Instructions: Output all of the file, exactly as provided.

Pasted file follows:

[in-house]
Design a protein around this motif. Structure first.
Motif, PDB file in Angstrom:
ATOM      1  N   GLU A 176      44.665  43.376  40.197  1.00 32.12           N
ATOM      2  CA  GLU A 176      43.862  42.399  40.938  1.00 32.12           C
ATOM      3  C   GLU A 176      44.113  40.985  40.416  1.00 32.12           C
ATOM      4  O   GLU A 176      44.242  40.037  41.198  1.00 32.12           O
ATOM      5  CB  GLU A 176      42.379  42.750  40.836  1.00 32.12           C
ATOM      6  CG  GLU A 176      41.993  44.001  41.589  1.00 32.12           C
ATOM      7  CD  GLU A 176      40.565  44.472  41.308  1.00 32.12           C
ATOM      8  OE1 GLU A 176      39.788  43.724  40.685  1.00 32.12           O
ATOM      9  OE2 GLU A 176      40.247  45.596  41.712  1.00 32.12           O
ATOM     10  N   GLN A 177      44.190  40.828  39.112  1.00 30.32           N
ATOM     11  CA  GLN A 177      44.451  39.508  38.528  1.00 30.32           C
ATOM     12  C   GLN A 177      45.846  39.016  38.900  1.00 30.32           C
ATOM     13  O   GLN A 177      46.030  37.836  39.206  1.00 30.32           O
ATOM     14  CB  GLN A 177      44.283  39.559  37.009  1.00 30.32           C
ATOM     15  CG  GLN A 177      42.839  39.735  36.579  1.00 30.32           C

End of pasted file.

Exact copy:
[in-house]
Design a protein around this motif. Structure first.
Motif, PDB file in Angstrom:
ATOM      1  N   GLU A 176      44.665  43.376  40.197  1.00 32.12           N
ATOM      2  CA  GLU A 176      43.862  42.399  40.938  1.00 32.12           C
ATOM      3  C   GLU A 176      44.113  40.985  40.416  1.00 32.12           C
ATOM      4  O   GLU A 176      44.242  40.037  41.198  1.00 32.12           O
ATOM      5  CB  GLU A 176      42.379  42.750  40.836  1.00 32.12           C
ATOM      6  CG  GLU A 176      41.993  44.001  41.589  1.00 32.12           C
ATOM      7  CD  GLU A 176      40.565  44.472  41.308  1.00 32.12           C
ATOM      8  OE1 GLU A 176      39.788  43.724  40.685  1.00 32.12           O
ATOM      9  OE2 GLU A 176      40.247  45.596  41.712  1.00 32.12           O
ATOM     10  N   GLN A 177      44.190  40.828  39.112  1.00 30.32           N
ATOM     11  CA  GLN A 177      44.451  39.508  38.528  1.00 30.32           C
ATOM     12  C   GLN A 177      45.846  39.016  38.900  1.00 30.32           C
ATOM     13  O   GLN A 177      46.030  37.836  39.206  1.00 30.32           O
ATOM     14  CB  GLN A 177      44.283  39.559  37.009  1.00 30.32           C
ATOM     15  CG  GLN A 177      42.839  39.735  36.579  1.00 30.32           C